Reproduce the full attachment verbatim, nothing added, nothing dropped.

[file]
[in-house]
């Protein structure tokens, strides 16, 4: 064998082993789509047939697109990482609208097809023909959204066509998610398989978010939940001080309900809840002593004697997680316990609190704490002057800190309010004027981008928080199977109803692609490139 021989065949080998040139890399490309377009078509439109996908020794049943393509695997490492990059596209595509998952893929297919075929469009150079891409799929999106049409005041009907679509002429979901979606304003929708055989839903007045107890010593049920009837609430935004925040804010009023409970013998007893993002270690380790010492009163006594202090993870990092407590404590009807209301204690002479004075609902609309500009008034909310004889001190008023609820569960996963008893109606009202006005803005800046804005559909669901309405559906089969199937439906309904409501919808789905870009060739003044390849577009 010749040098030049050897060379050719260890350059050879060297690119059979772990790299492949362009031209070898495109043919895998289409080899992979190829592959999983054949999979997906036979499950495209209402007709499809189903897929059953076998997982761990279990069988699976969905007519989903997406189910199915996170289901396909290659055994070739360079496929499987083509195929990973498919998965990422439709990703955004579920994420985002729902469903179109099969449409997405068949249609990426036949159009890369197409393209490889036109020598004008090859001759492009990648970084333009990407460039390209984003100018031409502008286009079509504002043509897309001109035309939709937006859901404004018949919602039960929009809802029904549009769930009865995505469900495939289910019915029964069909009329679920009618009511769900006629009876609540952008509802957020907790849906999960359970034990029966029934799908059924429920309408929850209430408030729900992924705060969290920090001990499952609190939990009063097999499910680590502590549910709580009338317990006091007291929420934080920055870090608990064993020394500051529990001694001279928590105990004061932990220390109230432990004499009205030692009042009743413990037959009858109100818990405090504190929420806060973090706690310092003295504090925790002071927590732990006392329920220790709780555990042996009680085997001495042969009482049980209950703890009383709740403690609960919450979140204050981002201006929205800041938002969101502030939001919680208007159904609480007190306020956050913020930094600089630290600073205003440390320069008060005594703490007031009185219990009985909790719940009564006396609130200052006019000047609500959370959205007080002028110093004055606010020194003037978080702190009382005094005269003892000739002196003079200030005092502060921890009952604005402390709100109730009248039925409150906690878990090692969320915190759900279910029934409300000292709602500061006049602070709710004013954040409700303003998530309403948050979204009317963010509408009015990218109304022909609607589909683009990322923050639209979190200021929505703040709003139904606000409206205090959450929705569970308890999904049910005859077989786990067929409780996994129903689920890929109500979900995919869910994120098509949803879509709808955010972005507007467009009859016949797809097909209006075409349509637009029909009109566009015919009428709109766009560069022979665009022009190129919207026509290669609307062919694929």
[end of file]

[in-house]
């Protein structure tokens, strides 16, 4: 064998082993789509047939697109990482609208097809023909959204066509998610398989978010939940001080309900809840002593004697997680316990609190704490002057800190309010004027981008928080199977109803692609490139 021989065949080998040139890399490309377009078509439109996908020794049943393509695997490492990059596209595509998952893929297919075929469009150079891409799929999106049409005041009907679509002429979901979606304003929708055989839903007045107890010593049920009837609430935004925040804010009023409970013998007893993002270690380790010492009163006594202090993870990092407590404590009807209301204690002479004075609902609309500009008034909310004889001190008023609820569960996963008893109606009202006005803005800046804005559909669901309405559906089969199937439906309904409501919808789905870009060739003044390849577009 010749040098030049050897060379050719260890350059050879060297690119059979772990790299492949362009031209070898495109043919895998289409080899992979190829592959999983054949999979997906036979499950495209209402007709499809189903897929059953076998997982761990279990069988699976969905007519989903997406189910199915996170289901396909290659055994070739360079496929499987083509195929990973498919998965990422439709990703955004579920994420985002729902469903179109099969449409997405068949249609990426036949159009890369197409393209490889036109020598004008090859001759492009990648970084333009990407460039390209984003100018031409502008286009079509504002043509897309001109035309939709937006859901404004018949919602039960929009809802029904549009769930009865995505469900495939289910019915029964069909009329679920009618009511769900006629009876609540952008509802957020907790849906999960359970034990029966029934799908059924429920309408929850209430408030729900992924705060969290920090001990499952609190939990009063097999499910680590502590549910709580009338317990006091007291929420934080920055870090608990064993020394500051529990001694001279928590105990004061932990220390109230432990004499009205030692009042009743413990037959009858109100818990405090504190929420806060973090706690310092003295504090925790002071927590732990006392329920220790709780555990042996009680085997001495042969009482049980209950703890009383709740403690609960919450979140204050981002201006929205800041938002969101502030939001919680208007159904609480007190306020956050913020930094600089630290600073205003440390320069008060005594703490007031009185219990009985909790719940009564006396609130200052006019000047609500959370959205007080002028110093004055606010020194003037978080702190009382005094005269003892000739002196003079200030005092502060921890009952604005402390709100109730009248039925409150906690878990090692969320915190759900279910029934409300000292709602500061006049602070709710004013954040409700303003998530309403948050979204009317963010509408009015990218109304022909609607589909683009990322923050639209979190200021929505703040709003139904606000409206205090959450929705569970308890999904049910005859077989786990067929409780996994129903689920890929109500979900995919869910994120098509949803879509709808955010972005507007467009009859016949797809097909209006075409349509637009029909009109566009015919009428709109766009560069022979665009022009190129919207026509290669609307062919694929």